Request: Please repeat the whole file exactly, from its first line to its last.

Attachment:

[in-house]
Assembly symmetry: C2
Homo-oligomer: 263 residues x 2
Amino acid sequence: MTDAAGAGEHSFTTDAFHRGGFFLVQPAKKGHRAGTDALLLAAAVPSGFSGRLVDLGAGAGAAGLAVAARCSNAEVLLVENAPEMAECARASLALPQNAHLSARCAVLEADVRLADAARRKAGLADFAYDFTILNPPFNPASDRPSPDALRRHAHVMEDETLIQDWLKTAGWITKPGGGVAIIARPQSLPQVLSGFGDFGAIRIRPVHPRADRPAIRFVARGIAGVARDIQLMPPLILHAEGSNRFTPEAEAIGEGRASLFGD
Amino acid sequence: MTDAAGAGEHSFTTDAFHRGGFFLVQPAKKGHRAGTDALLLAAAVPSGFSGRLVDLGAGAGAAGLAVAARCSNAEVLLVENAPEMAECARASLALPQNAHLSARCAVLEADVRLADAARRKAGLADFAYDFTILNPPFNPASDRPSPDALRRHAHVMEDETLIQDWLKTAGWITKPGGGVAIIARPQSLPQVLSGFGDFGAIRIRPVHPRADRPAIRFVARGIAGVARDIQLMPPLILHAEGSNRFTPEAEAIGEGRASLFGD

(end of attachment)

[in-house]
Assembly symmetry: C2
Homo-oligomer: 263 residues x 2
Amino acid sequence: MTDAAGAGEHSFTTDAFHRGGFFLVQPAKKGHRAGTDALLLAAAVPSGFSGRLVDLGAGAGAAGLAVAARCSNAEVLLVENAPEMAECARASLALPQNAHLSARCAVLEADVRLADAARRKAGLADFAYDFTILNPPFNPASDRPSPDALRRHAHVMEDETLIQDWLKTAGWITKPGGGVAIIARPQSLPQVLSGFGDFGAIRIRPVHPRADRPAIRFVARGIAGVARDIQLMPPLILHAEGSNRFTPEAEAIGEGRASLFGD
Amino acid sequence: MTDAAGAGEHSFTTDAFHRGGFFLVQPAKKGHRAGTDALLLAAAVPSGFSGRLVDLGAGAGAAGLAVAARCSNAEVLLVENAPEMAECARASLALPQNAHLSARCAVLEADVRLADAARRKAGLADFAYDFTILNPPFNPASDRPSPDALRRHAHVMEDETLIQDWLKTAGWITKPGGGVAIIARPQSLPQVLSGFGDFGAIRIRPVHPRADRPAIRFVARGIAGVARDIQLMPPLILHAEGSNRFTPEAEAIGEGRASLFGD